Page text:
“In September, Minnesota Twins pitcher, Michael Pineda, received a 60-game suspension after he tested positive for Hydrochlorothiazide, a diuretic outlawed under Major League Baseball’s Drug and Prevention Program. At the time of his suspension, Pineda was 11-5.”
“What’s your point? Major league baseball does a good job in drugs, and they dole out stiff, meaningful sentences?”
“That’s half of my point. If we erase the tainted wins by the drug violators in the 2019 baseball season, the Cleveland Indians, with zero violations, would have finished ahead of both the Twins and the A’s. Over a 180-game baseball season, this drug cheating becomes blurred, but the annoying fact is that cheaters cheated. Innocent teams suffered and did not receive extra wins to even the standings. The cheating took place over a long season, and you didn’t hear any squawking.”
“Still missing your point about cheating as it relates to your personal decision to stay or leave the game of harness horse racing.”
“I enjoy the game of baseball. The sport has had some rough years in the steroid era, but at this point, they appear to do a solid job policing and penalizing drug offenders using random testing. The union accepts the harsh penalties. Their peers shun cheating players who get busted. Bad apples take their serious medicine and do not lawyer up.”
“So, despite your home team getting dinged that season, you stick with baseball?”
“As the 2020 baseball season approached, I had three choices — stop following, continue following, or continue following while accepting that a minimal amount of cheating occurs. Meanwhile, I hope sheriffs with great big badges are empowered and work hard to root out evil. It’s the same for me in harness racing, go, stay, or stay with a heavy heart and my eyes open until I reach the tipping point.”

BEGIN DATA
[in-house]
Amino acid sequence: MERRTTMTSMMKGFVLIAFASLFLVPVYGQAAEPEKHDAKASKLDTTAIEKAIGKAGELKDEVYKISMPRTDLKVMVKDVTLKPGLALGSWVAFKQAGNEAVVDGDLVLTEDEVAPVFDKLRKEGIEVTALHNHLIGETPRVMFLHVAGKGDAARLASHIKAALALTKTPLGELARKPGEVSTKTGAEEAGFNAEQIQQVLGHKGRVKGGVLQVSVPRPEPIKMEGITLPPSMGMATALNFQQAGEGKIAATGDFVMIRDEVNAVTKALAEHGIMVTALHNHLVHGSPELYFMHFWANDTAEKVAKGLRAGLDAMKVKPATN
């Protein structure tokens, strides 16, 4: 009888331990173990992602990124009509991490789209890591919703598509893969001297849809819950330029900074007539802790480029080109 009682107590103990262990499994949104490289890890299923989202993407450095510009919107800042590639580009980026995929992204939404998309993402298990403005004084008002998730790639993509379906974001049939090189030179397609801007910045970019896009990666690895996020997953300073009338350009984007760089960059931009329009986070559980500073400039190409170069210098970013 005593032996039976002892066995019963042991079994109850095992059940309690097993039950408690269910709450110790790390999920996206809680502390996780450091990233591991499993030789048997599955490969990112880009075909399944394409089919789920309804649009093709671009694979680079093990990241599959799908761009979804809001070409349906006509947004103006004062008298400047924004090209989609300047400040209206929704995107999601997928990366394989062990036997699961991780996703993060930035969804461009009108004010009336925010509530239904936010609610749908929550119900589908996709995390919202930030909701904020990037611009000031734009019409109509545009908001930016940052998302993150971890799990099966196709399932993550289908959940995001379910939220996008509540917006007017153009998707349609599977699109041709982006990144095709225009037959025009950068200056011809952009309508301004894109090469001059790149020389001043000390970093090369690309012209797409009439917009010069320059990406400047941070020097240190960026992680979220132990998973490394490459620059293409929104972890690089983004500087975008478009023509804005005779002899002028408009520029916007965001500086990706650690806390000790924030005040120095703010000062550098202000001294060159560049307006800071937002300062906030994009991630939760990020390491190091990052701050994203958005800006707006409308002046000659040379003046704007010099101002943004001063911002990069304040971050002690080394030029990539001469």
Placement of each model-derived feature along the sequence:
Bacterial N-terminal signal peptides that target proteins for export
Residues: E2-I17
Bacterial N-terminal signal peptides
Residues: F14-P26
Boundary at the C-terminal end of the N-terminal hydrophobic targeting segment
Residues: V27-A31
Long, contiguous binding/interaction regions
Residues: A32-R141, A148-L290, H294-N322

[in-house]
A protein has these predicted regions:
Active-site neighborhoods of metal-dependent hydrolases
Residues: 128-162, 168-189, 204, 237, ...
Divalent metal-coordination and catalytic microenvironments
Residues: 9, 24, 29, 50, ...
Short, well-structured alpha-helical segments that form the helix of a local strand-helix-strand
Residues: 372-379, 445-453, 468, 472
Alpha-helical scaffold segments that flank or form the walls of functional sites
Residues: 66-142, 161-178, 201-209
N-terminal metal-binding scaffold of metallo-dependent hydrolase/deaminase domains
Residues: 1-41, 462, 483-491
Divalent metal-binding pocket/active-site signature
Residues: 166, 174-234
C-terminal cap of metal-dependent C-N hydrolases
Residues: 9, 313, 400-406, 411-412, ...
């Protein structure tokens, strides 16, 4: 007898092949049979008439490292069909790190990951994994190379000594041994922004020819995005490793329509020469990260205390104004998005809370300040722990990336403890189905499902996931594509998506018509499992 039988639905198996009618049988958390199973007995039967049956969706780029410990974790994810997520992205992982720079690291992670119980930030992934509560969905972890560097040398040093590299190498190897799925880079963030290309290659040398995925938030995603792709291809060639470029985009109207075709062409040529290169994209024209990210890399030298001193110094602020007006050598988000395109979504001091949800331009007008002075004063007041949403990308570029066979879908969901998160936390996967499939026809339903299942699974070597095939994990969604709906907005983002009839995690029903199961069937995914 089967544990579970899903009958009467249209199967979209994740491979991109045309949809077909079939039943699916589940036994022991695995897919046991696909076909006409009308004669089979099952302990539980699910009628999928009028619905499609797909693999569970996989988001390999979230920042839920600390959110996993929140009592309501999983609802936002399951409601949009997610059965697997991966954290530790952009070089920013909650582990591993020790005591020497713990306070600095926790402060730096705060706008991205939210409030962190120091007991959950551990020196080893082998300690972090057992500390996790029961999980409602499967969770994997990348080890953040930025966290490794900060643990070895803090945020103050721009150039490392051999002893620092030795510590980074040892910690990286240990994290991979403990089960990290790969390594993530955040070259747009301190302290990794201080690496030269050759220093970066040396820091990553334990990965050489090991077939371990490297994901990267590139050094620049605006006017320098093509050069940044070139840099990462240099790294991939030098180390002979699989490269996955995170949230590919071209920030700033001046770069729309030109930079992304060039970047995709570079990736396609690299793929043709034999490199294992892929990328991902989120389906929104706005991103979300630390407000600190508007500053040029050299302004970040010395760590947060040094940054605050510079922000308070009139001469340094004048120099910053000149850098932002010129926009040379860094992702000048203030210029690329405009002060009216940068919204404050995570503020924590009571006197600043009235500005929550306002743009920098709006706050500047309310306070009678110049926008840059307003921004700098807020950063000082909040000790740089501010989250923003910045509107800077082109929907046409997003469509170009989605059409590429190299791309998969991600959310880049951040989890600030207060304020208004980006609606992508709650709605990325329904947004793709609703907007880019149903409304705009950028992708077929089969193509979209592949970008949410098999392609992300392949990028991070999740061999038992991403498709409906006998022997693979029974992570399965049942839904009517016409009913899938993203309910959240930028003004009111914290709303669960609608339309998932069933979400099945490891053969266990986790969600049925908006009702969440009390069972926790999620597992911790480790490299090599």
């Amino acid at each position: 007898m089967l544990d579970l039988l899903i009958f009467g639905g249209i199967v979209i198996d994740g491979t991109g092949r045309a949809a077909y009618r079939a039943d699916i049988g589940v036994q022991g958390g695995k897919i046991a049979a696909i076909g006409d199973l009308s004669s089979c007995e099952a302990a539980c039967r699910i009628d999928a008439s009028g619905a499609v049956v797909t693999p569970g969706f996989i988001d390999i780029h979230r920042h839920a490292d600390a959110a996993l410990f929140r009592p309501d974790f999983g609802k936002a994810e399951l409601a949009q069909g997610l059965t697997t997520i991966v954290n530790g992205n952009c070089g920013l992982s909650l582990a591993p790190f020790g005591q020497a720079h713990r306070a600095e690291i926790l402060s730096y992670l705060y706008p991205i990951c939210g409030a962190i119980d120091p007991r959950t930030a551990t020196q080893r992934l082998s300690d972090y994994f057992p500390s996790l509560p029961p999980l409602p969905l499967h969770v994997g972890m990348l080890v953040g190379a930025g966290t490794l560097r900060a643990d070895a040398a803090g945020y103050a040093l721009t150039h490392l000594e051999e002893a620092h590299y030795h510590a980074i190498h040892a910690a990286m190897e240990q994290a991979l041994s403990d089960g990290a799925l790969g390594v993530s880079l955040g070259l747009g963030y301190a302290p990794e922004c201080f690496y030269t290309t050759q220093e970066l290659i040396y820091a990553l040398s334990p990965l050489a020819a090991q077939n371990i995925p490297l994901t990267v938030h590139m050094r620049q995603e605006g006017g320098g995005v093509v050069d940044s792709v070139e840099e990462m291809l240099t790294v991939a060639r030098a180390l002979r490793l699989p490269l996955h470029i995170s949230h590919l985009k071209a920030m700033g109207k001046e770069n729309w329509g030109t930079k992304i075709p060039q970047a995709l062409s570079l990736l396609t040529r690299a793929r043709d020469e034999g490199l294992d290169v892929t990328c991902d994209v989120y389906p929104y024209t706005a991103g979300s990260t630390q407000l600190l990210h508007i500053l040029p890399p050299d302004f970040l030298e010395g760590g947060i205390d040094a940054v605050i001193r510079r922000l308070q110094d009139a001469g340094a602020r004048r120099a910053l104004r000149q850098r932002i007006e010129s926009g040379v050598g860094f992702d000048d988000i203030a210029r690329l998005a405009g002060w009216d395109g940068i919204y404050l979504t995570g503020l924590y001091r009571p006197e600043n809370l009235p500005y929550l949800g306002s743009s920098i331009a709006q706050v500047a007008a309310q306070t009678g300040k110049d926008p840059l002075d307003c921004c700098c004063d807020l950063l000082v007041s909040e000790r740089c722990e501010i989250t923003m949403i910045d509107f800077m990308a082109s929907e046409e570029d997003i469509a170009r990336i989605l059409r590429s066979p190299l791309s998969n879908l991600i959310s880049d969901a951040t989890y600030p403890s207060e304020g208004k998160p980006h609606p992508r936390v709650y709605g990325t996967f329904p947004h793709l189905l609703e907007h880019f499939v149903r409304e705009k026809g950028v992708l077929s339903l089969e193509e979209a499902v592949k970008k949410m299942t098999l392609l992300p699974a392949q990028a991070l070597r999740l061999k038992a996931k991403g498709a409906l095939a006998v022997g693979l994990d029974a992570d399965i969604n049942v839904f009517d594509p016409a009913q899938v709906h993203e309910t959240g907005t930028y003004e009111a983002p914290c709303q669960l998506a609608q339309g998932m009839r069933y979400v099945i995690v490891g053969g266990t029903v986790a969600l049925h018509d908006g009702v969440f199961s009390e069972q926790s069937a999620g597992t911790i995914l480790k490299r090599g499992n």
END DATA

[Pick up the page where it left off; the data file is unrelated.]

“So you play on, knowing that you might be playing a rigged game.”
“Games are always rigged to some degree in every sport. Some owners go to post against other owners who agree to the full spa treatment, prerace, postrace, massages, acupuncture, every nick, and ouch tended to on top of their high training bill. Maybe that is fair, maybe not, but it is what it is, and my choice is to play.”
He said, “That’s not quite the same as EPO or something else injected into a living body.”
“True, very true. And a horse doesn’t have any say in taking medicine. I guess you could say I try to compensate.”
“Compensate?” he asked.
“By playing at harness racing at tracks where in my mind, the field is level or at least leveler, knowing that I will never completely know for sure. I do all kinds of weird mental calisthenics that make me feel better about the dark cloud that never seems to go away.”
“But you race on, you still gamble on horses, just like you still follow baseball?”
I nodded, “For now. If the day arrives that the clouds are too dark, Trey will go away.”
He was quiet for a few moments, stood up and crammed a twenty-dollar bill under the napkin dispenser, and then said cryptically, “I have an idea. I’ll tell you about it next week.”